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Friday, May 18, 2012
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|Contact: John R. Polito|
Ignorance is a harsh word. But imagine reaching for that next cigarette until it kills you, without ever really understanding why. Imagine wanting to stop yet not knowing the only rule needed to succeed. And imagine never once investigating the truth as to how most ex-smokers quit.
Half of adult smokers smoke themselves to death. More than five million smoking deaths annually, with one billion expected by century's end, why don't smokers take their self-destruction and slow suicide more seriously?
If the U.S. Centers for Disease Control is correct and smoking causes "1 in every 5 deaths" and "on average, adults who smoke cigarettes die 14 years earlier than nonsmokers," what force could cause one billion humans to each trade 5,000 sunrises for smoke?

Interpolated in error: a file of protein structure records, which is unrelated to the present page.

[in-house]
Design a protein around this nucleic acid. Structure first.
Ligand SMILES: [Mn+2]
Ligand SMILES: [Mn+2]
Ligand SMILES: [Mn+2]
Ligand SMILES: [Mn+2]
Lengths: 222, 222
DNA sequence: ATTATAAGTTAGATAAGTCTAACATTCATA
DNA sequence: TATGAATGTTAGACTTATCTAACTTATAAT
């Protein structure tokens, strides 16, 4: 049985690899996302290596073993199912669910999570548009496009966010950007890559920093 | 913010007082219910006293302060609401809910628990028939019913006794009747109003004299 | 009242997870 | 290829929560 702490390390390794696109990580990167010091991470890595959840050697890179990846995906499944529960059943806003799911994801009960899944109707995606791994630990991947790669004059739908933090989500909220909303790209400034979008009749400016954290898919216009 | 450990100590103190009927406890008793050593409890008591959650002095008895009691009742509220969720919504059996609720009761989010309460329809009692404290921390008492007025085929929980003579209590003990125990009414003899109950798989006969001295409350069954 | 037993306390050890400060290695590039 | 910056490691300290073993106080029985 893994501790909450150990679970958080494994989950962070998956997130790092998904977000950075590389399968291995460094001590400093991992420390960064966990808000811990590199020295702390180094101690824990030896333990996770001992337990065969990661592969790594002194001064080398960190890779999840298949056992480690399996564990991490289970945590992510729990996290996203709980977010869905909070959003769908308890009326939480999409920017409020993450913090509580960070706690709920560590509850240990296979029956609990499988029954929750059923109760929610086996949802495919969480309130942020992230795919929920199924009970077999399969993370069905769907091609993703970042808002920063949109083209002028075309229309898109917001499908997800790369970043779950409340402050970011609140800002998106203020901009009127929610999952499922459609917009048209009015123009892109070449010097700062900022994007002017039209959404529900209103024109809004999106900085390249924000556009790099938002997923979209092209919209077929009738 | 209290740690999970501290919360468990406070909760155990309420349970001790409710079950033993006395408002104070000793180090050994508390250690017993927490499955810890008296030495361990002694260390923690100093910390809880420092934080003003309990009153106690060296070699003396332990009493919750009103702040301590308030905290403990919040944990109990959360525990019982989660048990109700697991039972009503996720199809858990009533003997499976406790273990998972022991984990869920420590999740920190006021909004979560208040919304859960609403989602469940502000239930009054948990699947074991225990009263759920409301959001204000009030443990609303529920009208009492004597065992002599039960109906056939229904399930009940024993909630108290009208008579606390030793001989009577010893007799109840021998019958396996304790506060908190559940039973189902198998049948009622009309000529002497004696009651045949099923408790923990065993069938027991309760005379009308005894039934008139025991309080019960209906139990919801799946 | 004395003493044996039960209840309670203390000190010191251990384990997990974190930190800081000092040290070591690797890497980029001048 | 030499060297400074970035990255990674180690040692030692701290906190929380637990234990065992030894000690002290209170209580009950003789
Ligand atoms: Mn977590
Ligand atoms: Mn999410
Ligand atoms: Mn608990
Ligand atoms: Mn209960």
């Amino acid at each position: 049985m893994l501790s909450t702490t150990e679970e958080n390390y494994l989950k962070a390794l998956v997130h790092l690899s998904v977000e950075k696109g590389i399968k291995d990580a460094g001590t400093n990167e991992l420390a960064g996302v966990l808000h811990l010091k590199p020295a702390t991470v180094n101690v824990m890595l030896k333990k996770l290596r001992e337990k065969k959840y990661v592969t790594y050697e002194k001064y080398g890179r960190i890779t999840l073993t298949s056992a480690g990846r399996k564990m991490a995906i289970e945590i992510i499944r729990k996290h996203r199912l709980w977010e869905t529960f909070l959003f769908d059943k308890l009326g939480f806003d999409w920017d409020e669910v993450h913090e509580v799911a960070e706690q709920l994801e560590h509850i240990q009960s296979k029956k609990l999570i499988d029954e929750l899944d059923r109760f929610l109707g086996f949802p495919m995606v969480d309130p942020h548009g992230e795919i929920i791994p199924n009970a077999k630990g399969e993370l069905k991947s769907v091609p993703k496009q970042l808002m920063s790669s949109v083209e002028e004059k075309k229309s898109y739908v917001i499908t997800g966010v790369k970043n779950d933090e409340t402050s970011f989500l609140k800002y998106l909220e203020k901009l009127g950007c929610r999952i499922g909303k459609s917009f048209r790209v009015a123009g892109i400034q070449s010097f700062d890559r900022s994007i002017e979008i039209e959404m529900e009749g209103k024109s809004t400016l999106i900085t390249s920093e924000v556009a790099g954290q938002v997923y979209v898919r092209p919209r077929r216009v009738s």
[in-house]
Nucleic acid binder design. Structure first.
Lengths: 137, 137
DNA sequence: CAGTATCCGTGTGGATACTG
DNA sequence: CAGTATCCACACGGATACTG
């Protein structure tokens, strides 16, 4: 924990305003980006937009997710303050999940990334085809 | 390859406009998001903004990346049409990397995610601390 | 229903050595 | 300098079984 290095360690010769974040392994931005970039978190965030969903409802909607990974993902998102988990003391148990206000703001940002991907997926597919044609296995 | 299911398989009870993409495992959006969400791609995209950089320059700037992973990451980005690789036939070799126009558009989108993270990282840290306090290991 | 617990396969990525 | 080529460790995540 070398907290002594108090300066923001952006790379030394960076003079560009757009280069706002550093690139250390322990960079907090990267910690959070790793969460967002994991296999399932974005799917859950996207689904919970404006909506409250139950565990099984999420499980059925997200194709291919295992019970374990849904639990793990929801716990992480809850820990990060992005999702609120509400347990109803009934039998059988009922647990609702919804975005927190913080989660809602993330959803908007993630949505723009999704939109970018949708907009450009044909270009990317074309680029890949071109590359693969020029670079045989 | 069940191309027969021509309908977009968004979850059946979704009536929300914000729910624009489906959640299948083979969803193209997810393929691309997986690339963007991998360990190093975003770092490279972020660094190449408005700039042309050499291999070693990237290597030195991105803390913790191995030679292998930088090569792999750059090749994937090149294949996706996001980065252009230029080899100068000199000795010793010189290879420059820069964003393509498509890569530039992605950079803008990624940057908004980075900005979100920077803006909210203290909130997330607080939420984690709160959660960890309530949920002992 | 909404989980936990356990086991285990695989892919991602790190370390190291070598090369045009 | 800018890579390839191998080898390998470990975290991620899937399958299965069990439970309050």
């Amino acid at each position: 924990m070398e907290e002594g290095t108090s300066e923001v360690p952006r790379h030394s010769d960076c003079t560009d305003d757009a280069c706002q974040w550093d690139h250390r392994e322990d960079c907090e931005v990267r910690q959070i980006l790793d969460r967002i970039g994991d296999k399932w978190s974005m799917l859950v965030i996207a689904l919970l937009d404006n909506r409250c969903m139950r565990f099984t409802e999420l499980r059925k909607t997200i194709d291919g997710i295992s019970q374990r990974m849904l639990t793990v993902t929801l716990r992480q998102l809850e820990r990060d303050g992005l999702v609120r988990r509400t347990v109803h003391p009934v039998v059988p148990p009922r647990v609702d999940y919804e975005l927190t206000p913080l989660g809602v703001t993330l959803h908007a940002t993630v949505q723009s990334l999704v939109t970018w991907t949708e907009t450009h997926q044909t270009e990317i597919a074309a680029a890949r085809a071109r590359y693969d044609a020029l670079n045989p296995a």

Sadly, smoking's biggest killer isn't lung cancer, emphysema, heart attack or stroke. It's ignorance, ignorance about why smokers smoke and how to quit.
Chemical dependency upon smoking nicotine is as real and permanent as alcoholism. A true mental illness, nicotine enslaves the same brain dopamine pathways as illegal drugs. It is a brain "wanting" disorder which leaves the addict convinced that smoking nicotine is as core to survival as eating food or drinking water.
Brain dopamine pathways are designed to make pre-programmed human survival events nearly impossible, in the short term, to forget or ignore. It's why starving yourself to death is almost unthinkable. It's also why, to the hooked smoker, thoughts of never smoking another cigarette may be as unthinkable as quitting food.